Also found in: Thesaurus, Medical, Acronyms, Encyclopedia, Wikipedia.
1. The point on the earth's surface directly above the focus of an earthquake.
2. The focal point of a usually harmful or unpleasant phenomenon or event; the center: stood at the epicenter of the international crisis.
Usage Note: Epicenter is properly a geological term identifying the point of the earth's surface directly above the focus of an earthquake. No doubt this is why the Usage Panel approves of figurative extensions of its use in dangerous, destructive, or negative contexts. In our 2008 survey, 74 percent accepted the sentence identifying a country as the epicenter for terrorist financing. The Panel is less fond but still accepting of epicenter when it is used to refer to the focal point of neutral or positive events. Fifty percent approved of the word in a sentence identifying New York City as the epicenter of European immigration. These percentages are both down a little from those in our 1996 survey, but not significantly.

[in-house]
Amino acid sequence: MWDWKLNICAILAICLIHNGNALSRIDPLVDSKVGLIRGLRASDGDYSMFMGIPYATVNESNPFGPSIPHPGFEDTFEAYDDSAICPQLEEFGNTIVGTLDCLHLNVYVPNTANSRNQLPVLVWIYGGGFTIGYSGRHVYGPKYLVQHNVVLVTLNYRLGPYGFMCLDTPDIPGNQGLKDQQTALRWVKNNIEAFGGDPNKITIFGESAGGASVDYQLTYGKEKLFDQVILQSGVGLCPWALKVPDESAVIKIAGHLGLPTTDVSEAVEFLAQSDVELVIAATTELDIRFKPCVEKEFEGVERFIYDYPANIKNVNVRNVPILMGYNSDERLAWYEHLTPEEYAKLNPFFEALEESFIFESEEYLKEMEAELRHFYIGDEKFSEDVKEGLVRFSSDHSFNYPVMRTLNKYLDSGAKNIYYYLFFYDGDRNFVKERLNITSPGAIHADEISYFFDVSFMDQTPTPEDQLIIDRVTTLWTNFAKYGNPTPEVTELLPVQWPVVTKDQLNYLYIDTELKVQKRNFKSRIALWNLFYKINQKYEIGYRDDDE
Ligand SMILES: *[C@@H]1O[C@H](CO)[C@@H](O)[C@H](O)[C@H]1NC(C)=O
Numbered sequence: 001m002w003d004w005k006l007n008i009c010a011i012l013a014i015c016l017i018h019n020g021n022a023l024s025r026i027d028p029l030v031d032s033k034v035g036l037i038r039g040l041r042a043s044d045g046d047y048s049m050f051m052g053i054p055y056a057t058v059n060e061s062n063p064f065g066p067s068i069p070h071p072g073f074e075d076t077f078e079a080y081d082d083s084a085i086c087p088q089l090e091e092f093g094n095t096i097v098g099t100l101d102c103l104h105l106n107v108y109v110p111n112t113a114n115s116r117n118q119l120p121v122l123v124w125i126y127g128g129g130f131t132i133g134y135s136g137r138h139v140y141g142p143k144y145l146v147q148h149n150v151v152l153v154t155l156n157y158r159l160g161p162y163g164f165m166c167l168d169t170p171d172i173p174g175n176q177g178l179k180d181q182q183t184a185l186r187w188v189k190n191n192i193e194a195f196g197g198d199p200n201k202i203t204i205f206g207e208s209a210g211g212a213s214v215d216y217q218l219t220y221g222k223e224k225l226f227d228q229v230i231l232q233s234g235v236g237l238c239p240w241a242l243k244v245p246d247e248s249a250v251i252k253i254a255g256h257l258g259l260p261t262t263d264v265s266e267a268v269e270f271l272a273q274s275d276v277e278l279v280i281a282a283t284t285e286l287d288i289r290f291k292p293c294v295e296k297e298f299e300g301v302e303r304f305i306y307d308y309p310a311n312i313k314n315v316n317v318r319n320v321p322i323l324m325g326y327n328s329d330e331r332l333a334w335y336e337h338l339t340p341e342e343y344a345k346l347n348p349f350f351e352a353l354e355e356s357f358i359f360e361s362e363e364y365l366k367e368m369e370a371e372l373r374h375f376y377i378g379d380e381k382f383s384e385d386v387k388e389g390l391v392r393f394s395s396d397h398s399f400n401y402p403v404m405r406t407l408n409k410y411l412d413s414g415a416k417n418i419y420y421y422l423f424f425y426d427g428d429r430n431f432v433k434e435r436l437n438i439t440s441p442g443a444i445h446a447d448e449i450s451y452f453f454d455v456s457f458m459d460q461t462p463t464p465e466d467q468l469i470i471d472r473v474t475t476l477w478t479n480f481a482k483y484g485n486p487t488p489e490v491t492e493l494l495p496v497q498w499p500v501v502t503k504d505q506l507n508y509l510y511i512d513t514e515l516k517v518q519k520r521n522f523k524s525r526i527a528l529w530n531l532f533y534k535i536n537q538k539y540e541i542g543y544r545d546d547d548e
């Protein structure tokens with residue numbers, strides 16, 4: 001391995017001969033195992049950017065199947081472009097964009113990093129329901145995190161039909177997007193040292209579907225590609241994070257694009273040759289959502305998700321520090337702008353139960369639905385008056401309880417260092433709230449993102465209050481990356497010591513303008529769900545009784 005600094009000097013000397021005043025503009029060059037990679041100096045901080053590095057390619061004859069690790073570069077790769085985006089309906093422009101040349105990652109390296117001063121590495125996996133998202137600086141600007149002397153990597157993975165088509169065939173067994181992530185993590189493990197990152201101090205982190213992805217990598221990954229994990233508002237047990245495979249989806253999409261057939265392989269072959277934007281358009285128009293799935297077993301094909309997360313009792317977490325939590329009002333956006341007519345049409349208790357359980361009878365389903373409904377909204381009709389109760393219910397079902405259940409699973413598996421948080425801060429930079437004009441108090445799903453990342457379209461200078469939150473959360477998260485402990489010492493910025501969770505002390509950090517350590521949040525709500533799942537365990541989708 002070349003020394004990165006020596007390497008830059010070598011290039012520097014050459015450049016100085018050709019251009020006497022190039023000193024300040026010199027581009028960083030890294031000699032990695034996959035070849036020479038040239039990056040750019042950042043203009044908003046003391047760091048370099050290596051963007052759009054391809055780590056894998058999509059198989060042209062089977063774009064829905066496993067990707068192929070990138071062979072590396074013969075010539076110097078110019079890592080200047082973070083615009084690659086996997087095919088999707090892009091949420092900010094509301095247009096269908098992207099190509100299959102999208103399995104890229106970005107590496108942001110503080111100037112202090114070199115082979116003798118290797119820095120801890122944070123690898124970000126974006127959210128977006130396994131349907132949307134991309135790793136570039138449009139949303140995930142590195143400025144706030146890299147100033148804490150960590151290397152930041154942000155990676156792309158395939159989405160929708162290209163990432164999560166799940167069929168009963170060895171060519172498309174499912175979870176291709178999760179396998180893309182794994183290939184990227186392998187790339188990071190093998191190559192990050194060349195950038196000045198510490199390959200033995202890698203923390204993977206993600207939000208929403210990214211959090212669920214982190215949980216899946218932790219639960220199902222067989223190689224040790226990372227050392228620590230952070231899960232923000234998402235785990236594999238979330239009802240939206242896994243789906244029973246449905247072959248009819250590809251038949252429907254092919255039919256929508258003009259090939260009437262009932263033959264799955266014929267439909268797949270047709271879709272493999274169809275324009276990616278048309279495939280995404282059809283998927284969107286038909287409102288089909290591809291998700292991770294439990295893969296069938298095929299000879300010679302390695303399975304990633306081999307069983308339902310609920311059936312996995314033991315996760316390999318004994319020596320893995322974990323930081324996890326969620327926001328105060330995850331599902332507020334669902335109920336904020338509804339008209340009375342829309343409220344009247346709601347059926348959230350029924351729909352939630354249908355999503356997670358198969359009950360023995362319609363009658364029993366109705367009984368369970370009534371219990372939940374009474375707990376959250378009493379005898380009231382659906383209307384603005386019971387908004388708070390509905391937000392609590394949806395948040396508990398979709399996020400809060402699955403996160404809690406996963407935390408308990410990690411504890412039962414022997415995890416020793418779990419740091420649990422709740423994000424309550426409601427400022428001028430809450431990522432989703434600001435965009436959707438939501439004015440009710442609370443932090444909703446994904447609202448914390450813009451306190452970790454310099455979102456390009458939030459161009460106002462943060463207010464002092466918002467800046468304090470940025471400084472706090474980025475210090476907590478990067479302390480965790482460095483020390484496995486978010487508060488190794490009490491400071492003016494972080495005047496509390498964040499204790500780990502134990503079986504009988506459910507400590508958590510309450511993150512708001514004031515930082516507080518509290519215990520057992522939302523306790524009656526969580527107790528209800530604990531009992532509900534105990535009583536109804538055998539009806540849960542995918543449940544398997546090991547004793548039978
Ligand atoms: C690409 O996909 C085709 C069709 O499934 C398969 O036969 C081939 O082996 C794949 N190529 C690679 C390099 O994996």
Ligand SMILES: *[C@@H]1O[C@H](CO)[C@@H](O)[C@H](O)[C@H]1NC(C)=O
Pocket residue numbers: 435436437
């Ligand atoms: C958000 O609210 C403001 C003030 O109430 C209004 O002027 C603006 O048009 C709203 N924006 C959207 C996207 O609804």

American Heritage® Dictionary of the English Language, Fifth Edition. Copyright © 2016 by Houghton Mifflin Harcourt Publishing Company. Published by Houghton Mifflin Harcourt Publishing Company. All rights reserved.
ep•i•cen•ter(ˈɛp əˌsɛn tər)
1. a point, directly above the true center of disturbance, from which the shock waves of an earthquake apparently radiate.
2. a focal point, as of activity; center.
[1885–90; < New Latin epicentrum < Greek epíkentros on the center]
Random House Kernerman Webster's College Dictionary, © 2010 K Dictionaries Ltd. Copyright 2005, 1997, 1991 by Random House, Inc. All rights reserved.
The point on the Earth's surface that is directly above the focus (the point of origin) of an earthquake.
The American Heritage® Student Science Dictionary, Second Edition. Copyright © 2014 by Houghton Mifflin Harcourt Publishing Company. Published by Houghton Mifflin Harcourt Publishing Company. All rights reserved.
a point on the earth’s surface directly above the true center of the seismic disturbance from which the shock waves of an earthquake seem to radiate.See also: Earthquakes
-Ologies & -Isms. Copyright 2008 The Gale Group, Inc. All rights reserved.